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Friday, February 01, 2008

Glick: Olmert looks for others to fight Israel's battles

In today's column, the Jerusalem Post's Caroline Glick says that the Olmert-Barak-Livni junta must be forced out of office because of their lack of a strategy in Gaza and not because of what they did (or did not do) in Lebanon. Olmert's 'strategy' - such as it is - is to find others to fight Israel's battles:
In its most devastating condemnation of Olmert and his colleagues, the Winograd commission explained that throughout the war, they never decided — and barely discussed — what sort of war they were fighting. Once the government decided to respond forcibly to Hizbullah's cross-border raid, the commission noted that it had two clear and distinct options for proceeding. "The first was a short, painful, strong and unexpected blow on Hizbullah, primarily through standoff fire-power. The second option was to bring about a significant change of the reality in the south of Lebanon with a large ground operation, including a temporary occupation of the south of Lebanon and 'cleansing' it of Hizbullah military infrastructure."

Unable to decide what sort of war it was waging, for 34 days the government moved from tactic to tactic, strategy to strategy, never following through with anything, never realizing that there were consequences for what it was doing. And today, it follows the same model of incompetence in Gaza.

For the past two and a half years Israel has taken no effective action to end the rocket and mortar offensive against the Western Negev from Gaza. And rocket and mortar attacks have quadrupled over this period.

When Hamas seized power in Gaza in June, Israel failed to develop a strategy for dealing with the fact that an Iranian armed, trained and commanded terror group was perched on its border with Gaza and threatened to destabilize its largely undefended border with Egypt.

Still led by Olmert and Livni, who are now joined by Defense Minister Ehud Barak — the engineer of the unilateral withdrawal strategy of ceding land to terrorist groups — Israel cannot figure out what it is supposed to be doing. It has no strategic goal and so it can formulate no coherent plan.


The Winograd commission properly noted the government's failure to define what it was doing in Lebanon. But it did not explain the why the government failed. The source of the government's failure in Lebanon 18 months ago and of its failure in Gaza today is its political commitment to the strategy of unilateral withdrawal from territory. Olmert's Kadima party and Barak's Labor party both have embraced this strategy. It is the centerpiece of their governing rationale.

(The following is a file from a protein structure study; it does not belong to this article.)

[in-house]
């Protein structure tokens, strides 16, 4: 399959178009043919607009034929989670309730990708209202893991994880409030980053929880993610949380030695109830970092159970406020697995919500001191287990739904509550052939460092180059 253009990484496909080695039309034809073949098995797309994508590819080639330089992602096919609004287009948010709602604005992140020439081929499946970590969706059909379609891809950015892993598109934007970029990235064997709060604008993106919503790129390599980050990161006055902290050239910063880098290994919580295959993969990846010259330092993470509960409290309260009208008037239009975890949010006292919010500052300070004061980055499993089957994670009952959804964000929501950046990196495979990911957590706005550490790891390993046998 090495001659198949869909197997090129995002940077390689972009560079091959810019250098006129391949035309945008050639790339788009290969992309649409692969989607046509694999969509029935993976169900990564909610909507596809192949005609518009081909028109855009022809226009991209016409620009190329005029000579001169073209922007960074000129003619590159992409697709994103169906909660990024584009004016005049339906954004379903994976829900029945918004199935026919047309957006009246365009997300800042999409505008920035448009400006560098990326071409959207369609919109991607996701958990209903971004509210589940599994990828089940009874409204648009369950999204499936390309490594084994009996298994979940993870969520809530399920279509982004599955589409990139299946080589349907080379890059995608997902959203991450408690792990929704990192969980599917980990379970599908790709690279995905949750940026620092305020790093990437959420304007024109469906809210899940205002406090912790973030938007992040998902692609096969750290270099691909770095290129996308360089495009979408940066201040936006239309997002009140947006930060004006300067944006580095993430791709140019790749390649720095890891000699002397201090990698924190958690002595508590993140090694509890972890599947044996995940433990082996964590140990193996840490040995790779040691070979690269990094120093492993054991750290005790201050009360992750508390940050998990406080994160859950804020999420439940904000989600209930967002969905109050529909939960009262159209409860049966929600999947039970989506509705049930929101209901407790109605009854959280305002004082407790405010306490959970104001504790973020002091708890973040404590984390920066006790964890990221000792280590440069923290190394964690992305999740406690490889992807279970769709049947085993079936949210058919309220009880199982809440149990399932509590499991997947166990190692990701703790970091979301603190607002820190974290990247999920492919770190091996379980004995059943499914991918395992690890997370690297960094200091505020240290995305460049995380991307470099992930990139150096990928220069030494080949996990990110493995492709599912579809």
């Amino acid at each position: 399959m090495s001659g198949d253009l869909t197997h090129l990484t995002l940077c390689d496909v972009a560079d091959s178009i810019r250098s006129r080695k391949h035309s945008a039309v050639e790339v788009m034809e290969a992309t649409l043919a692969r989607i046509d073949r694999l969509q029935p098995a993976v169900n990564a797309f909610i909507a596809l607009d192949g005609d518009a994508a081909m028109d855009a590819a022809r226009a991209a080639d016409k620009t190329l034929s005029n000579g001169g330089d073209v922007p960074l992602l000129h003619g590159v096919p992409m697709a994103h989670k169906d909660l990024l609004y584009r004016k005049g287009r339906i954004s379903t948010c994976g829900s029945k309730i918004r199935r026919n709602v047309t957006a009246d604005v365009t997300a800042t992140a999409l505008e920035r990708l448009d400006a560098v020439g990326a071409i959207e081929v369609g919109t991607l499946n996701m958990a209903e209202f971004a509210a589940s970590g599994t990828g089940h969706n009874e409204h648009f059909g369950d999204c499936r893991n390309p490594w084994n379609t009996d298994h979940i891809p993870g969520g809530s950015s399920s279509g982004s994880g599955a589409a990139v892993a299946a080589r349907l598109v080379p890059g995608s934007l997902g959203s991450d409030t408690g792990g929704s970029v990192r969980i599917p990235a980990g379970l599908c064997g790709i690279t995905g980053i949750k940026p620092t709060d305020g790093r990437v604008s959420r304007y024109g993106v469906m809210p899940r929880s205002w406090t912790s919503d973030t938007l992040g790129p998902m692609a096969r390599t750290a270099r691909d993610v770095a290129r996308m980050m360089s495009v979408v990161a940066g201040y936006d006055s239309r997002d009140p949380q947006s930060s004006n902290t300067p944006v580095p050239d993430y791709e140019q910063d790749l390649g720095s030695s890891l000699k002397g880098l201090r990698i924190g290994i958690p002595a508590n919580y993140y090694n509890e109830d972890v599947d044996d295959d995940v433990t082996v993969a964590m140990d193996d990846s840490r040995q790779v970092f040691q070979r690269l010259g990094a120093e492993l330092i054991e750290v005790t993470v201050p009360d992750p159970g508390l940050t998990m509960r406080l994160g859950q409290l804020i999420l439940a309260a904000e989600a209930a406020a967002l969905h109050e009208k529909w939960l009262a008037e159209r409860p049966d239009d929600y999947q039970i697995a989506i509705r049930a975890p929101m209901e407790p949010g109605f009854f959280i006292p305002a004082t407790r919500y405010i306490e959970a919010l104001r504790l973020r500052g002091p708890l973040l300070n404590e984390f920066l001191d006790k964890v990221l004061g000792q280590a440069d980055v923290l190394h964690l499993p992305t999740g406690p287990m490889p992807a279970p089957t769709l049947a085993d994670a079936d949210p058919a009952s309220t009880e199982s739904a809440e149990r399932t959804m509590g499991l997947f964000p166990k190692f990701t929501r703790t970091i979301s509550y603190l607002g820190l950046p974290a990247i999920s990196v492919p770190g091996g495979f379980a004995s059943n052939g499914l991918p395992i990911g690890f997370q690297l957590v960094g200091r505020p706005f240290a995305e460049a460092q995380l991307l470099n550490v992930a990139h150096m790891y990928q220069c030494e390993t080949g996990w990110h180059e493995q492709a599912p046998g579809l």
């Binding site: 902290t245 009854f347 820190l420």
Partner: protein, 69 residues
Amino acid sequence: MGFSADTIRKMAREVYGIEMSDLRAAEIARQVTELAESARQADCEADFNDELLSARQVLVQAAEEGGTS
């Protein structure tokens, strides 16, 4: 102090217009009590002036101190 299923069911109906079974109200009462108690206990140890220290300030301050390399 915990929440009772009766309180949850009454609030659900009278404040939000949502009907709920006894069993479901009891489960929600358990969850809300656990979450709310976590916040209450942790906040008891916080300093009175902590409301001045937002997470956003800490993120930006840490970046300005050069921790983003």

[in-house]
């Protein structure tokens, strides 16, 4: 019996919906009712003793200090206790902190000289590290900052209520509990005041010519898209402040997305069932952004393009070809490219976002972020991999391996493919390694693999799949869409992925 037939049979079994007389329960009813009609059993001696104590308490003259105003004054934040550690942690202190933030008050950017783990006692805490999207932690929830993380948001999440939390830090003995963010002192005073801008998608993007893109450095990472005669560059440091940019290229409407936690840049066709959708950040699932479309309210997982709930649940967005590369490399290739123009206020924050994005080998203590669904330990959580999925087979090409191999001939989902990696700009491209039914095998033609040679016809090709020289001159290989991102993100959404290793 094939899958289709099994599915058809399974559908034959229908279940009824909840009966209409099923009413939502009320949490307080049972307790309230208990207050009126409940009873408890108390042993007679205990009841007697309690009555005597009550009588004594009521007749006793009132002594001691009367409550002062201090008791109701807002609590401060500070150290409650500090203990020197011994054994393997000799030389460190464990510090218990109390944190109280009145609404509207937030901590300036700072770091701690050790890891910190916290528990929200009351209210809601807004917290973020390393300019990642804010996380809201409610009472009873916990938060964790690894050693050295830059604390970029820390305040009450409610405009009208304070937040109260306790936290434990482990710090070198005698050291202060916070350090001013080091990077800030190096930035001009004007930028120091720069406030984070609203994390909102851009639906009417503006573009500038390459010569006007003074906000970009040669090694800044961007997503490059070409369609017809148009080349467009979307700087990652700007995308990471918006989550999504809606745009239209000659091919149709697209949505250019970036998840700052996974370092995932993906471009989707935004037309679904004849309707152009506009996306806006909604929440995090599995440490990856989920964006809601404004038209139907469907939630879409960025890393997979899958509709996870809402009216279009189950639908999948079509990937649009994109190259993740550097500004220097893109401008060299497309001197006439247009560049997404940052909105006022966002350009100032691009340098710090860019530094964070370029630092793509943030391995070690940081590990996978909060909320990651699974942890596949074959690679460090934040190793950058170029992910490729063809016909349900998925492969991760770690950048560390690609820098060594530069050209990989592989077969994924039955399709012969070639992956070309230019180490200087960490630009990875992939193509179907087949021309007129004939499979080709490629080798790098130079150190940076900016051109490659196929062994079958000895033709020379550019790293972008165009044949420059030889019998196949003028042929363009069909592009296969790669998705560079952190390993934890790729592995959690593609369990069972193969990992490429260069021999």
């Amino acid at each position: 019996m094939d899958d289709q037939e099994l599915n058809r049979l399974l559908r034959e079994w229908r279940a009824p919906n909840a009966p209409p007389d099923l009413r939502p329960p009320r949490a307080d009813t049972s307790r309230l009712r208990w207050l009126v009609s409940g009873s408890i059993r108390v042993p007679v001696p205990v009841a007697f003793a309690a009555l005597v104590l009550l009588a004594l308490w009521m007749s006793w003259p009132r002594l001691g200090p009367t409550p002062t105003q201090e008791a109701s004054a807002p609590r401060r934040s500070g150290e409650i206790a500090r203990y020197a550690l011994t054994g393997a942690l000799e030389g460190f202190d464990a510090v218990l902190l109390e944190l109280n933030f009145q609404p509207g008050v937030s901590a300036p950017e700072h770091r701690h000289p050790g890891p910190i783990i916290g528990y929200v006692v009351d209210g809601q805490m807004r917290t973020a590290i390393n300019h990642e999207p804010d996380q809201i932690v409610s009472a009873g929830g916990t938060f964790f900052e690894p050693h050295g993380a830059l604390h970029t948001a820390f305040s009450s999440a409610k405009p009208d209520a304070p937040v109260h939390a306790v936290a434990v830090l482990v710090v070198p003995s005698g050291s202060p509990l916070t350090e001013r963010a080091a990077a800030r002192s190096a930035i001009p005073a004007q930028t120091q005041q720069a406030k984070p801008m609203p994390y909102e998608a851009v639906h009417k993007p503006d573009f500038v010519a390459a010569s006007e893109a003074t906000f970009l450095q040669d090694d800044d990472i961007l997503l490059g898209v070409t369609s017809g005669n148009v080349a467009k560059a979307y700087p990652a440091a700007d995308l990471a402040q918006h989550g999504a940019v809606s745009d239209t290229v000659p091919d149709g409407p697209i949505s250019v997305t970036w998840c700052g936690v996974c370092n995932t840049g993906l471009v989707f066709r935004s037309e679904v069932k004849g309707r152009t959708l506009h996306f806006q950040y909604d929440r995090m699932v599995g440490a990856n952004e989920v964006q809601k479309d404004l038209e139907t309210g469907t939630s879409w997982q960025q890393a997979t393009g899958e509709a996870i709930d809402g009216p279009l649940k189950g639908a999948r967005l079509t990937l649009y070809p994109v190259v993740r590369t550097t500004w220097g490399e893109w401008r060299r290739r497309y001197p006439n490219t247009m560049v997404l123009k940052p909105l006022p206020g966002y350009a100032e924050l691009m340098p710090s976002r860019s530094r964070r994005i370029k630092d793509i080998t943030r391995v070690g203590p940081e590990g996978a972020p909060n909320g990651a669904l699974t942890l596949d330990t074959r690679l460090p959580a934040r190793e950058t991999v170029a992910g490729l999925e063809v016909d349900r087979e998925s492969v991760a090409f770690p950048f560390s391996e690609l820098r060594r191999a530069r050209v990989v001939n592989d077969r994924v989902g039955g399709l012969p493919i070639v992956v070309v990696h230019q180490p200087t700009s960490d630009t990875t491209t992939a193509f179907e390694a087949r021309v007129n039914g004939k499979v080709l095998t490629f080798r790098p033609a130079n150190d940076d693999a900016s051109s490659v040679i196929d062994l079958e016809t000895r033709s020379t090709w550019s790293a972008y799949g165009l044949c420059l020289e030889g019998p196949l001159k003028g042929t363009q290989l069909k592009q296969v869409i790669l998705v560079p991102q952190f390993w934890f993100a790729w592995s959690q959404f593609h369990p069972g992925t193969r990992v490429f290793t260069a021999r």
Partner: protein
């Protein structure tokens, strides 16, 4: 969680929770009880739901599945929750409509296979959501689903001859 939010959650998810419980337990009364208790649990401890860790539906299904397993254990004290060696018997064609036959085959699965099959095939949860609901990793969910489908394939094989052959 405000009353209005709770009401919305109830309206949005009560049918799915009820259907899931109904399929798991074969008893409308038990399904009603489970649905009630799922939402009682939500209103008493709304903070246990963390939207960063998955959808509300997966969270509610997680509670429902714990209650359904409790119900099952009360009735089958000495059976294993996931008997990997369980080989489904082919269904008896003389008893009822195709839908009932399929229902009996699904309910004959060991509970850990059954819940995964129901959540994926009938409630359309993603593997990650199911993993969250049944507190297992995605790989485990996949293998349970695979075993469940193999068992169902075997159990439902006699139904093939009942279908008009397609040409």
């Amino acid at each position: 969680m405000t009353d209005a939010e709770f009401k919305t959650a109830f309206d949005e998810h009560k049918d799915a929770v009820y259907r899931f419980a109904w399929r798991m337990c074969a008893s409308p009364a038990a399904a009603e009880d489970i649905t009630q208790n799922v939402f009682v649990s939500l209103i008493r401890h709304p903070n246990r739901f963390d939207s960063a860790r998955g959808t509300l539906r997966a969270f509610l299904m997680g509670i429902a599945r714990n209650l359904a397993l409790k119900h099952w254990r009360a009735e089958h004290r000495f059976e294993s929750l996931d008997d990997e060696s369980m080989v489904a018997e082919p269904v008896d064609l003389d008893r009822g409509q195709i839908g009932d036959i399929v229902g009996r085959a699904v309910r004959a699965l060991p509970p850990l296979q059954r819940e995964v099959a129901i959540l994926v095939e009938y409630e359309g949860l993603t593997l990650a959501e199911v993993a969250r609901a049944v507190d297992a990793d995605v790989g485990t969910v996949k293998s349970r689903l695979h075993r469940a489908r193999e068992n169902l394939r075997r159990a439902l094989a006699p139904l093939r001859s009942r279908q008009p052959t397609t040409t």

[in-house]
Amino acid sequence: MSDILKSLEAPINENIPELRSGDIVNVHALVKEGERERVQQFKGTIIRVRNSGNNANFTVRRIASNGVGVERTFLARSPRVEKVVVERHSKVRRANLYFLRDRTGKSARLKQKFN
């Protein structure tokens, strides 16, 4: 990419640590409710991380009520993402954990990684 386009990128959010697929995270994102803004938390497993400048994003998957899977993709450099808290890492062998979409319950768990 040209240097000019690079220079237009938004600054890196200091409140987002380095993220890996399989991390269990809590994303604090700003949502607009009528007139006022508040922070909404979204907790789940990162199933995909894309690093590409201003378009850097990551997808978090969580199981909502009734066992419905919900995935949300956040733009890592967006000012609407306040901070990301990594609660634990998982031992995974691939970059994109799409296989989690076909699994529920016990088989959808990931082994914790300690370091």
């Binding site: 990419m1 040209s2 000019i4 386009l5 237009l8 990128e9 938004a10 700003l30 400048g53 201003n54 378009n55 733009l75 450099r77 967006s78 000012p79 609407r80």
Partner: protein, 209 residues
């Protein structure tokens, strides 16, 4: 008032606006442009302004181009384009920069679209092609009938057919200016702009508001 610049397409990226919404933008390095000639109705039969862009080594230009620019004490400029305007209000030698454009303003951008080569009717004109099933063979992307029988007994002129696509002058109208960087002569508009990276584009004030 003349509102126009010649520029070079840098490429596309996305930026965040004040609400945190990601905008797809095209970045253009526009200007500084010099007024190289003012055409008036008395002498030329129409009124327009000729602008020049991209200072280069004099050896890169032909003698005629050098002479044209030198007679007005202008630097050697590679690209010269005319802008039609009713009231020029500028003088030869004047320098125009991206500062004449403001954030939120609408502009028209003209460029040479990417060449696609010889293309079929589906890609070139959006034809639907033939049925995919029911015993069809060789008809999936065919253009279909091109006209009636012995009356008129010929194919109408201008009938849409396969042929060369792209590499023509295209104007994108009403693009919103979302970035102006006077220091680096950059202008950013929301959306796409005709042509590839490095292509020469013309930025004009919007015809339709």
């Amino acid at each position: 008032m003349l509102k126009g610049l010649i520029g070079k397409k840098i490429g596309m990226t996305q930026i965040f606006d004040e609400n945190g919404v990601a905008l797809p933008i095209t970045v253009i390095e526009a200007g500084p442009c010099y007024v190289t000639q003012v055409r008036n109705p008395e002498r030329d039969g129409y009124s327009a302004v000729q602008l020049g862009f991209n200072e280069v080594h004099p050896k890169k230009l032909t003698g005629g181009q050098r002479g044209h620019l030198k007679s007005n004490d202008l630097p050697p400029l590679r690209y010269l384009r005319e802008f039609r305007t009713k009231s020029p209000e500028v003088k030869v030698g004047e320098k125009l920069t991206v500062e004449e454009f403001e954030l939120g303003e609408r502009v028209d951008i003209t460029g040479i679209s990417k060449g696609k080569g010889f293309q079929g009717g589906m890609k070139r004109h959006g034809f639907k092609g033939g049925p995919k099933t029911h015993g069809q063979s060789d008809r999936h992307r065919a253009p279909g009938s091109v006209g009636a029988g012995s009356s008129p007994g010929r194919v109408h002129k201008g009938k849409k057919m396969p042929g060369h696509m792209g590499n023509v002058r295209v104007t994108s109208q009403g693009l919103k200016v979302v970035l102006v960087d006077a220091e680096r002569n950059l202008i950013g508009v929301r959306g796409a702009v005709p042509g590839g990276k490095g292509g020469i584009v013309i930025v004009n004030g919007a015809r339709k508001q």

The unilateral withdrawal strategy is predicated on a two main assumptions. First, it assumes that it is the presence of Israelis in a hostile or disputed area which causes terrorists to act. If Israel retreats, the terrorists will melt away.

Second, the unilateral withdrawal strategy assumes that Israel's interest in defeating terrorists is not unique. In the minds of Israel's leaders, all nations share Israel's goal of protecting its sovereign territory and its citizenry from attack. Consequently, the unilateral withdrawal strategy assumes that if Israel withdraws from a terror-infested area like Gaza or southern Lebanon, another authority — be it Egypt or Fatah or the European Union in Gaza, or the Lebanese army or UNIFIL forces in Lebanon — will take over where it left off and fight the terrorists for it.

During the war in Lebanon and since Israel withdrew from Gaza, the guiding assumptions of the unilateral withdrawal strategy have proven false. But Israel's leaders have refused to acknowledge reality. Rather they claim that it is reality, not their policy that is mistaken. Their daily search for new silver bullets is a manifestation of their denial of reality.

A telling episode touched on in the Winograd commission's final report, drives this point home. After meeting with the American negotiating team on July 28, 2006, Peretz held a consultation with his security brass.

According to the report, (p. 129), "At the outset of the meeting, the Defense Minister expressed his bad feeling in the aftermath of the meeting with the American team. This came after he was made to understand that a multi-national force would not enter an area [of south Lebanon] that the IDF hadn't first 'cleansed' of Hizbullah forces."

Peretz could not countenance the fact that no one will take action to defend Israel that Israel itself refuses to take. And so he didn't. And neither did Olmert or Livni. Throughout the war, Israel's goal was for an international force to be set up to fight Hizbullah for Israel. And lo and behold, UNIFIL refuses to fight.

And still today, the government refuses to recognize that suing for an international force then was a mistake. Indeed they are repeating it in Gaza.
Read it all.


At 4:56 PM, Blogger NormanF said...

This is a first in Israeli history. A government whose entire policy rationale is based on outsourcing Israel's defense to foreign parties. If one needed evidence of the collapse of the Zionist principle that Israel alone will be responsible for her own defense, this policy provided it.

And Olmert-Barak-Livni have no clue and no plan on how to deal with the looming Iranian threat. They counted on subcontracting that job to the United States until the NIE took it off the table.

No country can outsource its own survival to others. Israel has no one else to rely on and if Israel does not begin recognizing reality, the country is ultimately living on borrowed time.

That is where the Olmert-Barak-Livini road is taking Israel towards - a national dead end. An end as dead as a government that no longerr has a justifiable reason for remaining in power.


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